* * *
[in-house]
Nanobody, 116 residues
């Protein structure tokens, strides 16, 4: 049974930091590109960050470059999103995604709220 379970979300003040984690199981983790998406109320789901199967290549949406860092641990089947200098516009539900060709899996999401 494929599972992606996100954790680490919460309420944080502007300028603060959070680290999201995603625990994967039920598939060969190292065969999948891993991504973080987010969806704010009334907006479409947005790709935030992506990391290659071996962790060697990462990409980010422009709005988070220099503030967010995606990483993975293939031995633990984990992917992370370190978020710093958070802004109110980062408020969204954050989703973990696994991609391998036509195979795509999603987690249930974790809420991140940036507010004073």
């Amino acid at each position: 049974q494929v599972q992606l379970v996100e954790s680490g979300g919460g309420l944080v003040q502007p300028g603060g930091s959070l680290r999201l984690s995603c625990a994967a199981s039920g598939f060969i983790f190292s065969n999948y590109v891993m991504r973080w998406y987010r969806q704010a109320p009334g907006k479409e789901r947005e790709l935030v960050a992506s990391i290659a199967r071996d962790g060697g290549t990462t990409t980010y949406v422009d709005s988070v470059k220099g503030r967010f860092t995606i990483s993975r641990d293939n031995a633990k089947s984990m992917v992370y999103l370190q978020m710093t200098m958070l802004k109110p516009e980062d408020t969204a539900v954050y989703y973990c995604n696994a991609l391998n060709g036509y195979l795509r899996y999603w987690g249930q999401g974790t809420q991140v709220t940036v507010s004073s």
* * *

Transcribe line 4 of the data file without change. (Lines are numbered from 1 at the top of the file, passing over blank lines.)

């Amino acid at each position: 049974q494929v599972q992606l379970v996100e954790s680490g979300g919460g309420l944080v003040q502007p300028g603060g930091s959070l680290r999201l984690s995603c625990a994967a199981s039920g598939f060969i983790f190292s065969n999948y590109v891993m991504r973080w998406y987010r969806q704010a109320p009334g907006k479409e789901r947005e790709l935030v960050a992506s990391i290659a199967r071996d962790g060697g290549t990462t990409t980010y949406v422009d709005s988070v470059k220099g503030r967010f860092t995606i990483s993975r641990d293939n031995a633990k089947s984990m992917v992370y999103l370190q978020m710093t200098m958070l802004k109110p516009e980062d408020t969204a539900v954050y989703y973990c995604n696994a991609l391998n060709g036509y195979l795509r899996y999603w987690g249930q999401g974790t809420q991140v709220t940036v507010s004073s």